AUSTIN — Washington, D.C. court rulings rendered last week tossed out Texas’ (a) redistricting maps and (b) voter photo identification law.
In rejecting the maps on Aug. 27, the U.S. Court of Appeals, District of Columbia Circuit, said Texas “bears the burden of proving lack of discriminatory intent” and “has failed to show that any of the redistricting plans merits preclearance.” In 2011, the GOP-controlled Texas Legislature adopted what the court rejected — boundaries for four new and 32 preexisting congressional districts, plus state representative districts and state senate districts.
Federal judicial preclearance of changes to Texas election laws is required by Section 5 of the Voting Rights Act of 1965, which holds states and other jurisdictions that have a history of racial discrimination at the polls to strict scrutiny. In July 2006, President George W. Bush signed federal legislation extending the Voting Rights Act for another 25 years.
Section 2 of the Act says, “No voting qualification or prerequisite to voting, or standard, practice, or procedure shall be imposed or applied by any State or political subdivision to deny or abridge the right of any citizen of the United States to vote on account of race or color.”
Texas Attorney General Greg Abbott sought a declaratory judgment from the court, claiming the Legislature’s redistricting plans would “neither have the purpose nor the effect of denying or abridging the right to vote on account of race or color, or (language minority group).”
But the court cited a number of problems in the State of Texas’ arguments, such as:
- State Representative district maps that regrouped precincts in such a fashion that caused an illegal retrogression in minorities’ ability to elect a preferred candidate.
- Congressional district maps that removed members’ district offices from minority ability districts but not from Anglo districts, causing a disparate impact on the minority districts, and removing the “economic guts” from the black ability districts.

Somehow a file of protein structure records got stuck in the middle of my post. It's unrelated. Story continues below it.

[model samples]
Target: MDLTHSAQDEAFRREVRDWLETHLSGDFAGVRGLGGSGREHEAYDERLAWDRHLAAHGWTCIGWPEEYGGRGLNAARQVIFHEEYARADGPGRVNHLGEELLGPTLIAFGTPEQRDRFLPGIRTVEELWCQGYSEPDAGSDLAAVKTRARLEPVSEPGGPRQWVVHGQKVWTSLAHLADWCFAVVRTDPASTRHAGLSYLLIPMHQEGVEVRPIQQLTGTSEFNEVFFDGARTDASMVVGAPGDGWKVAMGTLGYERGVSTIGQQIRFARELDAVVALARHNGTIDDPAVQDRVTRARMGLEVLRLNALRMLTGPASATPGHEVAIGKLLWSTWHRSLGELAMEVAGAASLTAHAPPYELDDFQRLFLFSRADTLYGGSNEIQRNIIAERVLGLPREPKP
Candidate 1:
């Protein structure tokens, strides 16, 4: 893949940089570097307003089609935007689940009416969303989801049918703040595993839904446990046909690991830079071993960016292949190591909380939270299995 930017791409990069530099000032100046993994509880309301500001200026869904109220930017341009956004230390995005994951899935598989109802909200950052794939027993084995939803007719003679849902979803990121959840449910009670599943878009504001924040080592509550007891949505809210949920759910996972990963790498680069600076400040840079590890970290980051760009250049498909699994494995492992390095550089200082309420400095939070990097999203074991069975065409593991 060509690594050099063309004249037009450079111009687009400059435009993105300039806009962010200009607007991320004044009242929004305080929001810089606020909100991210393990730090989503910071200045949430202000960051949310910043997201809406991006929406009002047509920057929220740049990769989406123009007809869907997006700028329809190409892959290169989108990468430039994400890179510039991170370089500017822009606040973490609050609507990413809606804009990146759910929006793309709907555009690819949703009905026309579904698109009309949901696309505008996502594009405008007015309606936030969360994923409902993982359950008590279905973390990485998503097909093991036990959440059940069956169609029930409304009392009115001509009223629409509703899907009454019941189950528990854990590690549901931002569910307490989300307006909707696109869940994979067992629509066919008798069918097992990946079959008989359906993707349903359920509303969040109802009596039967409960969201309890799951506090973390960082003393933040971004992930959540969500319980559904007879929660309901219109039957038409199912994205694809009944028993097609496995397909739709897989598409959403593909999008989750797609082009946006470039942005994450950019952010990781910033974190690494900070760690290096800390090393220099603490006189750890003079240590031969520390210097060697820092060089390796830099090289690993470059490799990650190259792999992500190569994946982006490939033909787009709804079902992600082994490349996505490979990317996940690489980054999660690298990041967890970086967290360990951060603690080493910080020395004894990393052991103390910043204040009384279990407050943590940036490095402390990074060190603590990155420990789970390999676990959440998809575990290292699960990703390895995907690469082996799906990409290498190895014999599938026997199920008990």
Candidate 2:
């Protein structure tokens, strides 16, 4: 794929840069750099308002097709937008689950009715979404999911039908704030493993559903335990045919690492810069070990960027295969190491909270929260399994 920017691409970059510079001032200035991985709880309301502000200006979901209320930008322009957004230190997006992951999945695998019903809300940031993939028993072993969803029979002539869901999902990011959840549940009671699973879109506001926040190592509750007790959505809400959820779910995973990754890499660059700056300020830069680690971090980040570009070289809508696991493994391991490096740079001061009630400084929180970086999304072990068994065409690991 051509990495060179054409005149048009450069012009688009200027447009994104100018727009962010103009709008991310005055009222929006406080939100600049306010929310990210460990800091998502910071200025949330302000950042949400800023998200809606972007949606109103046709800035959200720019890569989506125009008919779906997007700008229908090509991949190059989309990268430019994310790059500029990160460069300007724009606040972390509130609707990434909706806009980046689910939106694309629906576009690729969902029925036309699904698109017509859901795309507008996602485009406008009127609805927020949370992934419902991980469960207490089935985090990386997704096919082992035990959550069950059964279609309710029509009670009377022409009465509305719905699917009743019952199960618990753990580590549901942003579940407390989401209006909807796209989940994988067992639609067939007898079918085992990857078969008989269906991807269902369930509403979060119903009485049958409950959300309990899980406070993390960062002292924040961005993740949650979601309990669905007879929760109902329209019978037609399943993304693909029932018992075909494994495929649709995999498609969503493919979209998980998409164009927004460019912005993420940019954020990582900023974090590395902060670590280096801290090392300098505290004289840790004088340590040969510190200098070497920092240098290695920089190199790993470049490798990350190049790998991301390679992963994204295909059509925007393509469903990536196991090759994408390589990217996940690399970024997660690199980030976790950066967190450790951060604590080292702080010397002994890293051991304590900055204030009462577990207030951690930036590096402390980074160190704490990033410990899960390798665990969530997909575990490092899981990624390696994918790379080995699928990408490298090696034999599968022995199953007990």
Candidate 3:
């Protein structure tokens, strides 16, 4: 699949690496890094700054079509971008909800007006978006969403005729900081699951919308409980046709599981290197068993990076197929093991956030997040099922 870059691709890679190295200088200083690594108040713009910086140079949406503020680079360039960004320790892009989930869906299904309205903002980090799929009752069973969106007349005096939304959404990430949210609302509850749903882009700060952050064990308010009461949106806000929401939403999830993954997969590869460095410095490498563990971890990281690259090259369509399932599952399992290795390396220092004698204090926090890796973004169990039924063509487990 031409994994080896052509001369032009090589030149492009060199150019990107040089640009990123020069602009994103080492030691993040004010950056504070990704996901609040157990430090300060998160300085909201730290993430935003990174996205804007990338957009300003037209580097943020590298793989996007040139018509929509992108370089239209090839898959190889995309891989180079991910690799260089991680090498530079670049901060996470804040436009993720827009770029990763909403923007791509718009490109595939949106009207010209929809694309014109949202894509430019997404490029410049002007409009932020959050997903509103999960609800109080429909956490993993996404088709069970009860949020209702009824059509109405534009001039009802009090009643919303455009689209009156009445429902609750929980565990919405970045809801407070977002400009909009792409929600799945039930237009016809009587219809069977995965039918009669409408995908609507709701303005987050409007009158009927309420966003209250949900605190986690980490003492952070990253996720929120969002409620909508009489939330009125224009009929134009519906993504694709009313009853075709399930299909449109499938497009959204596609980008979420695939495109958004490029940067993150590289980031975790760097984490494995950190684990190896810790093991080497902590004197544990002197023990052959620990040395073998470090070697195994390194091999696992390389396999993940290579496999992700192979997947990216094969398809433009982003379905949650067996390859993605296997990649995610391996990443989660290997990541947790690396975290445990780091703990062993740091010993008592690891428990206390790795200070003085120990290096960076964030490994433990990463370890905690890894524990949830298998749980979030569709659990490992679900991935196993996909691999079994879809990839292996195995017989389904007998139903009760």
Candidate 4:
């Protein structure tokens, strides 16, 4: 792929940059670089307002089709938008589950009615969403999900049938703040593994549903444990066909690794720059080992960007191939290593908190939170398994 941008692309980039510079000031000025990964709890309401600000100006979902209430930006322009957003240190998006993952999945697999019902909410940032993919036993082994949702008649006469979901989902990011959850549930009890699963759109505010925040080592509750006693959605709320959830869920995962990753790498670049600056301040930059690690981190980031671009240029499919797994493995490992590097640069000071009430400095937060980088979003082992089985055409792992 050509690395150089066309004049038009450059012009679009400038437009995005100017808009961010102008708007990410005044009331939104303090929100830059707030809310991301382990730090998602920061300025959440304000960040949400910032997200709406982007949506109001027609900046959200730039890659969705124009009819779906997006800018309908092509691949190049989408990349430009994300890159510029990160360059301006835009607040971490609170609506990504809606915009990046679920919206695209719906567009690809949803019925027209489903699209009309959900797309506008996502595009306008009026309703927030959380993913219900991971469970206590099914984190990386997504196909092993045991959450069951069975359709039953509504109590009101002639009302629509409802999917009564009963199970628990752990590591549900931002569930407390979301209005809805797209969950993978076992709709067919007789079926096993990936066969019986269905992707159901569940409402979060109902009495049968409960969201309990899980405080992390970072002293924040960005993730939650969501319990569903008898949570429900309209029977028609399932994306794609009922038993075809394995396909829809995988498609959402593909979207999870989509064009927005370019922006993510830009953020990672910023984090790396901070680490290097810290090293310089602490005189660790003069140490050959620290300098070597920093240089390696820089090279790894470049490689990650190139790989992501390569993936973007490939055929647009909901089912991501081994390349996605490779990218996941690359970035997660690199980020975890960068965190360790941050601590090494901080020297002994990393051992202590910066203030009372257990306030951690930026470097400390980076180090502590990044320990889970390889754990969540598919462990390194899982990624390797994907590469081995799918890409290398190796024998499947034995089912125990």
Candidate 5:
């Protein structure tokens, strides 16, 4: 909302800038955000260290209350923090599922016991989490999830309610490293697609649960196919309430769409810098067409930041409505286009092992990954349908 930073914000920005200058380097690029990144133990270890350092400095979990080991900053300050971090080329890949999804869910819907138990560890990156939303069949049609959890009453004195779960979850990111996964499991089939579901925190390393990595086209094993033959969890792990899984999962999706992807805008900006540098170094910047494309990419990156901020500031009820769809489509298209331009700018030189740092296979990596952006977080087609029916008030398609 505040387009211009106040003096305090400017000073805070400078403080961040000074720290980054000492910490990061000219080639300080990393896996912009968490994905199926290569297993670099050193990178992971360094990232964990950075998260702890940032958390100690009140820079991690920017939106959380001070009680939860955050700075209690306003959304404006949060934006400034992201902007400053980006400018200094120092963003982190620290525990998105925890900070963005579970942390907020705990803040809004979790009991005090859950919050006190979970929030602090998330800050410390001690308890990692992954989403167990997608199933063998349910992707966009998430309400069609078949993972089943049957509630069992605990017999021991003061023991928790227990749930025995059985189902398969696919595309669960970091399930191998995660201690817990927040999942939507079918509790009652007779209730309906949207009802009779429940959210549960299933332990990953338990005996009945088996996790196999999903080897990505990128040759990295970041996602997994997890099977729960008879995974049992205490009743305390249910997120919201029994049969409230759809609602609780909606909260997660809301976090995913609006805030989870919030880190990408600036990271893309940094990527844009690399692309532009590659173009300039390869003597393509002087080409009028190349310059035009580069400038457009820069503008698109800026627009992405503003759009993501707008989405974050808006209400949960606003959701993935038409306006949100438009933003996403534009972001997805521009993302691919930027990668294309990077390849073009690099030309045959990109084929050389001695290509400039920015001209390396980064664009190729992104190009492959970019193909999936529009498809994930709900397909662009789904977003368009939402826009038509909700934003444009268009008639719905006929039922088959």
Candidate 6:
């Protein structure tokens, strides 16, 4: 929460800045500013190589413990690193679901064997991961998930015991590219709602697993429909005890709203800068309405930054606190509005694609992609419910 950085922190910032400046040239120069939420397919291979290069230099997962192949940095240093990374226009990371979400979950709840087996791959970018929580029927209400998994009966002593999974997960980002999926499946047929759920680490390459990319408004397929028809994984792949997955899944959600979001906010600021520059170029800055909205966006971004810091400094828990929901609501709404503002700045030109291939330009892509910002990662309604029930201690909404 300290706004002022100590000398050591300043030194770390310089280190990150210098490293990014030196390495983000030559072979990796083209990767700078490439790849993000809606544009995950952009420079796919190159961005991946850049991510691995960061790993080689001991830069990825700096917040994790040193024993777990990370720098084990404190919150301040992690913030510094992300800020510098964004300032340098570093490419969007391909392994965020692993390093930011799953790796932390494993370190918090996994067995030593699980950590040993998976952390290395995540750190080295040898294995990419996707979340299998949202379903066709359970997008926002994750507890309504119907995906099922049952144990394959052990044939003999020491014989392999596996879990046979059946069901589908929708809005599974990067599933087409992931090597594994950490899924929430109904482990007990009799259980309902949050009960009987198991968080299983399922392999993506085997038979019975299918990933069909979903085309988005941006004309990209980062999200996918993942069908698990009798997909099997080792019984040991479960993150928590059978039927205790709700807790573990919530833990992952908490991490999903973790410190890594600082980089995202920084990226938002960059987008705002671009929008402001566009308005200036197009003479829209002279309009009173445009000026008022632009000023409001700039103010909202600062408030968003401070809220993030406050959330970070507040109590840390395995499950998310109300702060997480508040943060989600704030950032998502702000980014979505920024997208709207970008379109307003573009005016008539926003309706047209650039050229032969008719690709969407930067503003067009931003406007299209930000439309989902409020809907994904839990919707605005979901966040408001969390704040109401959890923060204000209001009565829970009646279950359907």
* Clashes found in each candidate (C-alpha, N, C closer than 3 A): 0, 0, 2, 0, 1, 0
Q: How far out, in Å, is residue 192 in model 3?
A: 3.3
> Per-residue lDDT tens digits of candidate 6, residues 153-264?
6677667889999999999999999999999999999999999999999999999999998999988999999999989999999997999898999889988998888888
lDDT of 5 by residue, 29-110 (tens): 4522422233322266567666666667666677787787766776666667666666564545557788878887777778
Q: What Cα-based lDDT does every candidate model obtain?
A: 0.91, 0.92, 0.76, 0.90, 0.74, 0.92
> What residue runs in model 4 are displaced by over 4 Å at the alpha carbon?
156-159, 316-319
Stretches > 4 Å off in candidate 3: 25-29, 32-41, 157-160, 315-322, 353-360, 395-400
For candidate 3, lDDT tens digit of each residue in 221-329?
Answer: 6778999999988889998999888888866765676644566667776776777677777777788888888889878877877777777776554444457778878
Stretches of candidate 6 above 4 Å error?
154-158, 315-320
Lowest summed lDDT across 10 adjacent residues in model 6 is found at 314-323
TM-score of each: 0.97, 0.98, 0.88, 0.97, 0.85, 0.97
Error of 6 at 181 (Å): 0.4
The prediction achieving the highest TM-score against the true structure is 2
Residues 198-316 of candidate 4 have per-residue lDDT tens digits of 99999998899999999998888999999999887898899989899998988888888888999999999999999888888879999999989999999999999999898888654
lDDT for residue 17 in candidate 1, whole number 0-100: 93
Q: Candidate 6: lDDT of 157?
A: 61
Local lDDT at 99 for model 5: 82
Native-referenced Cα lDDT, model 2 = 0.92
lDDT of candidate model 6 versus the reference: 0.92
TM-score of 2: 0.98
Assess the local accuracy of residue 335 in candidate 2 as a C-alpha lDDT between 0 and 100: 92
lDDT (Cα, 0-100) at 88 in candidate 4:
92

Abbott said he plans to appeal to the U.S. Supreme Court the D.C. Circuit Court’s rejection of the Texas Legislature’s enacted redistricting maps.
Texas’s population grew by 4.3 million from 2000 to 2010, an increase of 20.6 percent, with 89 percent of the growth from non-Anglo minorities that the Census breaks down as 65 percent Hispanic, 13.4 percent black, and 10.1 percent Asian-American.
Earlier, a three-judge panel of the U.S. District Court, Western District of Texas, in San Antonio issued a set of interim redistricting maps that have not been challenged. Those maps were used in the party primary elections in May, the runoffs in July, and will be used in the Nov. 6 general election.
Court stops voter ID law
On Aug. 30, a three-judge panel of the D.C. Circuit Court denied judicial preclearance of Senate Bill 14, the “voter photo ID” law passed by the Texas Legislature in 2011.
“As a result of the court’s decision, Texas is not permitted to implement the photo ID law,” said Texas Secretary of State Hope Andrade, the state’s chief elections officer.
“Consequently, for the November 6 General Election, voters will not be required to present a photo ID to vote in person. Information on how Texas voters need to prepare for the General Election can be found at VoteTexas.gov.”
Preclearance was denied based on Section 5 of the Voting Rights Act because the cost and difficulty of obtaining official state photo identification harms minorities but also negatively affects voters who live in rural areas, older Texans, the poor, and the disabled.
“The State will appeal this decision to the U.S. Supreme Court, where we are confident we will prevail,” Abbott announced.
Education chief is appointed
Gov. Rick Perry on Aug. 27 named Michael Williams state commissioner of education and Lizzette González Reynolds chief deputy education commissioner.
The team, whose appointments took effect Sept. 1, will lead the Texas Education Agency and oversee the state’s 1,200 school districts and charter schools, Perry said.
Perry pointed out Williams’ leadership in the public and private sectors and Reynolds’ nearly two decades of public education experience guiding and implementing statewide reforms.
Williams is a past commissioner and former chairman of the Railroad Commission of Texas and is the first African-American to hold a statewide elected post in the executive branch. Williams and Reynolds succeed Robert Scott and Todd Webster at their respective posts with the Texas Education Agency.